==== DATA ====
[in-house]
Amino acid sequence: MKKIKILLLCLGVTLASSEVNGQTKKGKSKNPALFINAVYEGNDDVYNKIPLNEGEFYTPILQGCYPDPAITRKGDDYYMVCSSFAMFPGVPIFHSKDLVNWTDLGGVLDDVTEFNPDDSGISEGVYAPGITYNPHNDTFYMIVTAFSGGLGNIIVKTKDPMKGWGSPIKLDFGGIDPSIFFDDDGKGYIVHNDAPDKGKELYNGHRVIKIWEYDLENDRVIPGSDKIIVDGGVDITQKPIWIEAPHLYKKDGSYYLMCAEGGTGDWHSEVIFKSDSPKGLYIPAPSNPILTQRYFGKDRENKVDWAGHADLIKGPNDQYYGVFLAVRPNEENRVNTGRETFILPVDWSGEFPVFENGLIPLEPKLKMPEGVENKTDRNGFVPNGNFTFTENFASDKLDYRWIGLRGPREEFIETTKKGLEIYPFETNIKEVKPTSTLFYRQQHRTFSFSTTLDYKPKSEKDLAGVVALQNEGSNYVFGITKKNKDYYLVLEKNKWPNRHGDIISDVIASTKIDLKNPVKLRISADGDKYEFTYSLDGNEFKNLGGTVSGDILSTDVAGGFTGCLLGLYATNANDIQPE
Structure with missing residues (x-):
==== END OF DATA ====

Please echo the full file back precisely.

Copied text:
[in-house]
Amino acid sequence: MKKIKILLLCLGVTLASSEVNGQTKKGKSKNPALFINAVYEGNDDVYNKIPLNEGEFYTPILQGCYPDPAITRKGDDYYMVCSSFAMFPGVPIFHSKDLVNWTDLGGVLDDVTEFNPDDSGISEGVYAPGITYNPHNDTFYMIVTAFSGGLGNIIVKTKDPMKGWGSPIKLDFGGIDPSIFFDDDGKGYIVHNDAPDKGKELYNGHRVIKIWEYDLENDRVIPGSDKIIVDGGVDITQKPIWIEAPHLYKKDGSYYLMCAEGGTGDWHSEVIFKSDSPKGLYIPAPSNPILTQRYFGKDRENKVDWAGHADLIKGPNDQYYGVFLAVRPNEENRVNTGRETFILPVDWSGEFPVFENGLIPLEPKLKMPEGVENKTDRNGFVPNGNFTFTENFASDKLDYRWIGLRGPREEFIETTKKGLEIYPFETNIKEVKPTSTLFYRQQHRTFSFSTTLDYKPKSEKDLAGVVALQNEGSNYVFGITKKNKDYYLVLEKNKWPNRHGDIISDVIASTKIDLKNPVKLRISADGDKYEFTYSLDGNEFKNLGGTVSGDILSTDVAGGFTGCLLGLYATNANDIQPE
Structure with missing residues (x-):